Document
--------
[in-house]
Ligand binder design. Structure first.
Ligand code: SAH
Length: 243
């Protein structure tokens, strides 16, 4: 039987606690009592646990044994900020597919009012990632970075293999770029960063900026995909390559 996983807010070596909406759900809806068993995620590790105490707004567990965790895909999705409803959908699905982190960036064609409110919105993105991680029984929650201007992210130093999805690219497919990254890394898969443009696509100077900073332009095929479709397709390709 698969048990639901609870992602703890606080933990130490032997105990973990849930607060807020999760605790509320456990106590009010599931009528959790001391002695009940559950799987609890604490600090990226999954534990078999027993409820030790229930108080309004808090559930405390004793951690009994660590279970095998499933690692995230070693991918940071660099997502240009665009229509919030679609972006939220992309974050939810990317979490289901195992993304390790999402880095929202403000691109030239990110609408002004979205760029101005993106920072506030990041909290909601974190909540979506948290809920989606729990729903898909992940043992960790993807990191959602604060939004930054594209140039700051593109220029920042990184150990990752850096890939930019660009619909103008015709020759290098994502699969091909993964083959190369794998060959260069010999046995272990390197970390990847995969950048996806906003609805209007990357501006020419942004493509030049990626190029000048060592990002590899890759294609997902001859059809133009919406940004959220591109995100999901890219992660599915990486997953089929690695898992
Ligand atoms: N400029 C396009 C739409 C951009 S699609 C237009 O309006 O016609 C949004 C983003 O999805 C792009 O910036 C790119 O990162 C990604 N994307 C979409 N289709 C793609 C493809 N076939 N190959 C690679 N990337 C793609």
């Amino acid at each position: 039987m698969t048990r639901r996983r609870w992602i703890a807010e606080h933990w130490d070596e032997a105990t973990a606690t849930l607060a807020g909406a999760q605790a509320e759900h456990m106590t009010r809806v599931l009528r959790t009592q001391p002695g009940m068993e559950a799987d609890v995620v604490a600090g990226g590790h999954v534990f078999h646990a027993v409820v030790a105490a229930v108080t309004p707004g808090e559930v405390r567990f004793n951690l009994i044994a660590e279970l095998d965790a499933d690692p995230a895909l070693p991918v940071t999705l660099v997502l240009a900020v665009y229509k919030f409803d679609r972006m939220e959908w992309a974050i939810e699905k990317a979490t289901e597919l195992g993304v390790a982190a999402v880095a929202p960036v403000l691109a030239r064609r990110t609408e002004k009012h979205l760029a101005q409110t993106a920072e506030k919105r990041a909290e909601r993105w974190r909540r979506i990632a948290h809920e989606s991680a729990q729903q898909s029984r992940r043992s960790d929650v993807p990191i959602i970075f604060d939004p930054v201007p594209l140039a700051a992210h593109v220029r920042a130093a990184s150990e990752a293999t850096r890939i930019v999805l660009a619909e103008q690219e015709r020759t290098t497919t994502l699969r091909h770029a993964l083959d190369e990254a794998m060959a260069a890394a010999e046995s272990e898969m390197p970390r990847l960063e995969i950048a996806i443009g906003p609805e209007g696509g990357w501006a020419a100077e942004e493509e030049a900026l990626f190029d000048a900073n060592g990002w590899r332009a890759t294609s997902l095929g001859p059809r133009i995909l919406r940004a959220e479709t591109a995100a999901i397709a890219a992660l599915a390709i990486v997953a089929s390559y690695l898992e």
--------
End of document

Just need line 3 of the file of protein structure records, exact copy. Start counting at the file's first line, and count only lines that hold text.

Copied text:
Ligand code: SAH